Winnipeg’s N’dinawemak shelter undergoes another restructuring with SABE Peace Walkers departure

Another partner at the N'dinawemak shelter in Winnipeg has departed from the facility, as the SABE Peace Walkers are no longer providing services, but some say they’re still having a positive effect elsewhere in Winnipeg. Morgan Modjeski reports.

A shelter that has received millions of dollars in provincial funding is again undergoing structural changes.

The community group that once provided services at 190 Disraeli, the SABE peace walkers, has officially departed.  But, some who work with the group, say they’re still making a difference in Winnipeg. 

“It’s super important to have a group like SABE in the community,” said Zohreh Gervais, executive director of the Osborne Village Business Improvement Zone.

“When we know the people on our street, when we are able to walk down the street and see faces that we recognize … feels like they belong. We feel a sense of ownership in the community and sense of ownership carries through to a sense of security and safety.”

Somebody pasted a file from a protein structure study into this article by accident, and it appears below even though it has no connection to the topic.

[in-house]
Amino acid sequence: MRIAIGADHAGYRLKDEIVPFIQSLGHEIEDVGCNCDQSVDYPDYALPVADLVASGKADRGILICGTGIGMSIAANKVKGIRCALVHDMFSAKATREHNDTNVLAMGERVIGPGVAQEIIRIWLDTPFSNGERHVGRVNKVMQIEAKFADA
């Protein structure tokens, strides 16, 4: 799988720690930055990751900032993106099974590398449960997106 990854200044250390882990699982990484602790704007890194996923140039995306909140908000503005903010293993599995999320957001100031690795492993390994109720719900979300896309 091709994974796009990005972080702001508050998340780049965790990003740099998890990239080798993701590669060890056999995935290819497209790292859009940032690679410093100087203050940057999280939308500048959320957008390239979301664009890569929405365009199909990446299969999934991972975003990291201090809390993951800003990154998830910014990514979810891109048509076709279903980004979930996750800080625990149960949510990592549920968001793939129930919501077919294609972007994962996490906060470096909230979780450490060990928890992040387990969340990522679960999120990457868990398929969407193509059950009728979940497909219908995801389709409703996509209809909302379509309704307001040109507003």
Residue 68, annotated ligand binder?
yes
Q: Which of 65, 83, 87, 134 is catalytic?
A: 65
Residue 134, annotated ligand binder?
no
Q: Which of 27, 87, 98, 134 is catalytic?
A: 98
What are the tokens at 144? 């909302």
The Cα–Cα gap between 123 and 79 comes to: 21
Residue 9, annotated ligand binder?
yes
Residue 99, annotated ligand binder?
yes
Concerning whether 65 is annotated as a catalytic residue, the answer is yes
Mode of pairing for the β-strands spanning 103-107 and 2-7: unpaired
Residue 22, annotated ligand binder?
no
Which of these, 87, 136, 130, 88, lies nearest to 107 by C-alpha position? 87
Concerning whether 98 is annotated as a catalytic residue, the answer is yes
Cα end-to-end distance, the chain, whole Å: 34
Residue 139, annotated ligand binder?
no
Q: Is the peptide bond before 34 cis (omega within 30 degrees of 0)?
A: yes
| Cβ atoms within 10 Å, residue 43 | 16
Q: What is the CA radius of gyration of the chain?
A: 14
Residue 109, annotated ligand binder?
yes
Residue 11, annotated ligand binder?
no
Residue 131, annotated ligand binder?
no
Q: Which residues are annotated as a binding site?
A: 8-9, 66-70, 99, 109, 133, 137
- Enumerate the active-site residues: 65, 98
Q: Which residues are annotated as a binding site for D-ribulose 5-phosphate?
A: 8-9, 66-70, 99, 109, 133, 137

CityNews reported earlier this year how SABE members allegedly exhibited problematic behaviour when interacting with vulnerable people at the shelter, including two fatal incidents, one where a woman who went unchecked for hours passed away, and another where members failed to intervene in a fatal assault, with three members disciplined as a result. 

The departure of SABE has resulted in some temporary layoffs and reassignments, but how many exactly are out of the job is unclear. SABE and the shelter did not respond to our request for comment. 

However, Brandy Bobier, a former SABE board member, says the departure had always been planned, and while unavailable for an interview, she noted some changes at the facility “did not align” with what SABE was trying to do.

The departure is no concern for the Osborne Village Business Improvement Zone, which says its experience with the group has been nothing but positive. 

“It really aligns beautifully with the vision that we have with them in Osborne for continuing to support the community,” said Gervais. 

For Gervais, she says the visibility of the group and its effort to build relationships with people in Osborne is its biggest strength, and says there are plans to expand its footprint in the future. 

“They’ve been really putting down their routes in the community to focus on outreach — rather than patrolling of different building or space.” 

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